Abstract

The association between estrogens “withdrawal” and attacks of migraine without aura is well-known. The aim of the study was to examine the features of laser evoked potentials (LEPs), including habituation, in women suffering from migraine without aura versus healthy controls, during the pre-menstrual and late luteal phases. Nine migraine without aura and 10 non-migraine healthy women, were evaluated during the pre-menstrual phase and late luteal phase. The LEPs were recorded during the inter-critical phase. The right supraorbital zone and the dorsum of the right hand were stimulated. Three consecutive series of 20 laser stimuli were obtained for each stimulation site. Laser pain perception was rated by a 0–100 VAS after each stimulation series. Migraine patients exhibited increased LEPs amplitude and reduced habituation compared to normal subjects. Laser-pain perception was increased during the pre-menstrual phase in both patients and controls. Migraine patients and controls showed increased P2 and N2–P2 amplitude in the pre-menstrual phase, on both stimulation sites. During the pre-menstrual phase the N2–P2 habituation appeared to be reduced in both migraine and healthy women. The estrogen withdrawal occurring during the menstrual cycle may favor reduced habituation of nociceptive cortex, which may facilitate pain symptoms and migraine in predisposed women.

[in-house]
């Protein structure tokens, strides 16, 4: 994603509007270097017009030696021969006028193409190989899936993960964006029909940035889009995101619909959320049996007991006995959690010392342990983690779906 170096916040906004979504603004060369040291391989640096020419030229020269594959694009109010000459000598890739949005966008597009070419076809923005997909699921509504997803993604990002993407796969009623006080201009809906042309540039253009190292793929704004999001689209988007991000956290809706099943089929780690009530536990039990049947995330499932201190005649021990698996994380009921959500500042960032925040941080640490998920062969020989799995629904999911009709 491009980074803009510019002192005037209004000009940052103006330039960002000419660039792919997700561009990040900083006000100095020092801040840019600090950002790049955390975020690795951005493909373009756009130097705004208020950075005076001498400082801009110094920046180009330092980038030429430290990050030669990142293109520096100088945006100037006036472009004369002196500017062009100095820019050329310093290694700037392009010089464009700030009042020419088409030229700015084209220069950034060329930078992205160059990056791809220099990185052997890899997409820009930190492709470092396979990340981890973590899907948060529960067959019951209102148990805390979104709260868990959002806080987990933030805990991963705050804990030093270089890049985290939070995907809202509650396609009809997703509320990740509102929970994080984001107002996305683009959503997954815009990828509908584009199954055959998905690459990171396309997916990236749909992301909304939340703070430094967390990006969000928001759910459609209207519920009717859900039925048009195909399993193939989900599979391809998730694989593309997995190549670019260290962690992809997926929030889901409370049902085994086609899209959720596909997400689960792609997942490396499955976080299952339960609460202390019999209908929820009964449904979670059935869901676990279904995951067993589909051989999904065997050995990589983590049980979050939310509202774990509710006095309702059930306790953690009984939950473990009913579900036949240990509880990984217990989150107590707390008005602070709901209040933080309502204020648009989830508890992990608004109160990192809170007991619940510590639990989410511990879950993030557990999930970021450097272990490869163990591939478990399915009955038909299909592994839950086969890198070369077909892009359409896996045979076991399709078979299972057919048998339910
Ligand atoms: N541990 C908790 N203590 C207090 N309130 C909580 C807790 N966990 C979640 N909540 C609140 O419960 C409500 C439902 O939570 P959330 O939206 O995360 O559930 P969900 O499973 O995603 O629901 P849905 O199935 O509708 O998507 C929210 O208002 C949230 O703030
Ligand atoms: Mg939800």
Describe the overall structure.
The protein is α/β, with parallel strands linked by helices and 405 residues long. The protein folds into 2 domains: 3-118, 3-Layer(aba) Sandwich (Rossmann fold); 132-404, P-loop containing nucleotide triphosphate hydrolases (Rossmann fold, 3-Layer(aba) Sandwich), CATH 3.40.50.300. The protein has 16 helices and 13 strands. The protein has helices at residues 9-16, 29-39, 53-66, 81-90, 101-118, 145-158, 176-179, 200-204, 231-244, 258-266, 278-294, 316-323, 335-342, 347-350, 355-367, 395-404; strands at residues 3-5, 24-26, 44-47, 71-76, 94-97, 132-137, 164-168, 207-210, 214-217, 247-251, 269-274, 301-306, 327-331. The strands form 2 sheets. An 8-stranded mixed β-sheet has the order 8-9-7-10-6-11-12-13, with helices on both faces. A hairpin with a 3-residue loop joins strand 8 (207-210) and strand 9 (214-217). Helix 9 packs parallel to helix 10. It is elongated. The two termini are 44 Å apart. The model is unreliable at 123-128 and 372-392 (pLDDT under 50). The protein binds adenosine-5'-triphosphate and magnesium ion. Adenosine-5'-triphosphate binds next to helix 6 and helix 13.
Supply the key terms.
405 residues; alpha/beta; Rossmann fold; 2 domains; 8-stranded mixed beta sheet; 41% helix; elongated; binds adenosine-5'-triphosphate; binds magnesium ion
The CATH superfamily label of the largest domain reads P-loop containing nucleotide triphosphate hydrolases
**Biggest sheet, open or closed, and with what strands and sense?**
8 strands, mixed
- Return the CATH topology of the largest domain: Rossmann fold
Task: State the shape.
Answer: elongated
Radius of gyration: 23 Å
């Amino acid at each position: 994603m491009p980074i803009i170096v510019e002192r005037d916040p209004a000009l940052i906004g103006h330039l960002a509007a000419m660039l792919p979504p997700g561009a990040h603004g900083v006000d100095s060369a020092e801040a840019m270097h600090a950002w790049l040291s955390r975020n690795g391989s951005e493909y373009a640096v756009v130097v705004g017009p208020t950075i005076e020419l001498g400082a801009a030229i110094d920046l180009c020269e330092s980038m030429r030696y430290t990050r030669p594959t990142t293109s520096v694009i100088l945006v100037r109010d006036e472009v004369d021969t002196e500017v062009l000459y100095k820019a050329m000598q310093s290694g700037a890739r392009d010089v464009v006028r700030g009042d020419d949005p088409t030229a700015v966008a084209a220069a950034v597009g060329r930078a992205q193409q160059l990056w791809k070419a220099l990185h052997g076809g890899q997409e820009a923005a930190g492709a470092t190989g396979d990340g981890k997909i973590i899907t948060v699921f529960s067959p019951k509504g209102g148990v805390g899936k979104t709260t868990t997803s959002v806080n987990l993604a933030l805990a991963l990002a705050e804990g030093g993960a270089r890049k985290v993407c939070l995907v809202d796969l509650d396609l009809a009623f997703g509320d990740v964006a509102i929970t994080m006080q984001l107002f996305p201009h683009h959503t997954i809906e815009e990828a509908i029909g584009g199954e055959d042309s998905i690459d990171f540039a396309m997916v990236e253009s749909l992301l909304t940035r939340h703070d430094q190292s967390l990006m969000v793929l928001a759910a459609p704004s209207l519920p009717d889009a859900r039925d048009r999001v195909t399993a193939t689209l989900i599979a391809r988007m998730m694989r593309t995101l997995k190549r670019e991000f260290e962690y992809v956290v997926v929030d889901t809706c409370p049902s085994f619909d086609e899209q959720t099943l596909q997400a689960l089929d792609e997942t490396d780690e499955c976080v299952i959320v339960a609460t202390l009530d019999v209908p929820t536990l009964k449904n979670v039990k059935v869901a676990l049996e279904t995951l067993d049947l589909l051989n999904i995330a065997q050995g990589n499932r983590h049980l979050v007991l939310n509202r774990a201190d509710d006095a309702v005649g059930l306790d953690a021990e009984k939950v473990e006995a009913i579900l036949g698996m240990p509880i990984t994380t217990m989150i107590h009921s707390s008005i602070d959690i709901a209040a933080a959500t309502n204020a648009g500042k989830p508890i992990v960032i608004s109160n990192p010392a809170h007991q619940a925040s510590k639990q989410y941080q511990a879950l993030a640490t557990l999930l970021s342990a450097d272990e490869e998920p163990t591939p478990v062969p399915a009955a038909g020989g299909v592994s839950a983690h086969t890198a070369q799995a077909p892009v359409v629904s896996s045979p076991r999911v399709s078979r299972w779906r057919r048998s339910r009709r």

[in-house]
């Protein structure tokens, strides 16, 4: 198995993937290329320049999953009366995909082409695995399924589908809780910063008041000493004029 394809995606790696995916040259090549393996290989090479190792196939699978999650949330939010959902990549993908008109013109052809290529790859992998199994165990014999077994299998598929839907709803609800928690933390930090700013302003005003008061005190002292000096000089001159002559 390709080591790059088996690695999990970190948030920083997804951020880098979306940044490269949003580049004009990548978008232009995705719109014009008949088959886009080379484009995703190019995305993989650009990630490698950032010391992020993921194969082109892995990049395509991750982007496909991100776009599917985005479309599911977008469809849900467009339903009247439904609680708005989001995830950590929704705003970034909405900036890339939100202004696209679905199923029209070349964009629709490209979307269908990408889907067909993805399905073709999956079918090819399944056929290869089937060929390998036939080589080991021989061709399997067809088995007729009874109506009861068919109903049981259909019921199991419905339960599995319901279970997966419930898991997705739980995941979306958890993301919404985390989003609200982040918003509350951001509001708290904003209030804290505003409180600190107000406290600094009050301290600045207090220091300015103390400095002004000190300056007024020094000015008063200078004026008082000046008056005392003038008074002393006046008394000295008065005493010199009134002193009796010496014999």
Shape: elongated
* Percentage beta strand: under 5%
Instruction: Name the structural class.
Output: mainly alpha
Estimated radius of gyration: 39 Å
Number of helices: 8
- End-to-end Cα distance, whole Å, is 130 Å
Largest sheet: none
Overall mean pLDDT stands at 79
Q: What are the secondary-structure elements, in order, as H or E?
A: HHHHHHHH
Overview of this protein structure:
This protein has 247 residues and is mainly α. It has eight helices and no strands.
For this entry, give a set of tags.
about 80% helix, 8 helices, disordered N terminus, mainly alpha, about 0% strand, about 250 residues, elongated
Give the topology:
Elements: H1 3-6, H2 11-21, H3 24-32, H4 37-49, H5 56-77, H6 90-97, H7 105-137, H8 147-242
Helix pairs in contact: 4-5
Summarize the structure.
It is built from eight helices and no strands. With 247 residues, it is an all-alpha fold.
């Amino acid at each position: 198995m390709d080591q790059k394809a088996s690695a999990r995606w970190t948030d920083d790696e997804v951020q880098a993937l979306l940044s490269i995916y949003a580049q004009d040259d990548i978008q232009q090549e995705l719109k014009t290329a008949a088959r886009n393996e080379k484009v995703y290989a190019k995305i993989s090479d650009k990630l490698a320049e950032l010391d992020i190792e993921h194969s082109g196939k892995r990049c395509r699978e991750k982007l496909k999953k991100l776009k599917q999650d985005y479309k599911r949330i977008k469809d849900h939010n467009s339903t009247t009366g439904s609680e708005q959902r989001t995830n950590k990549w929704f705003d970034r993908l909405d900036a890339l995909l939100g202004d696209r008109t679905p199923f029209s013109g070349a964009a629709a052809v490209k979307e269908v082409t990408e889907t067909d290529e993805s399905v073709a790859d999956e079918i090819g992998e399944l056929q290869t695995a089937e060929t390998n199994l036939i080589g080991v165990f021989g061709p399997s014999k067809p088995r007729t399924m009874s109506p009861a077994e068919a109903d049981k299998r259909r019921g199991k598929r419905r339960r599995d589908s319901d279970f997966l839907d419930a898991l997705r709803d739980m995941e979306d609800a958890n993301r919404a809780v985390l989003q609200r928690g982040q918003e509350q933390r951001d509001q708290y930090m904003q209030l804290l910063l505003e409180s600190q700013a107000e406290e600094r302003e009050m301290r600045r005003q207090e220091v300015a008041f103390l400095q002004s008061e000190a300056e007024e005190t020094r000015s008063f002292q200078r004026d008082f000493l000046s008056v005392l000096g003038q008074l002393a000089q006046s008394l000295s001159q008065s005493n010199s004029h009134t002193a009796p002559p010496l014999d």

Keywords

Migraine Menstrual cycle Pain sensitivity Laser evoked potentials

Introduction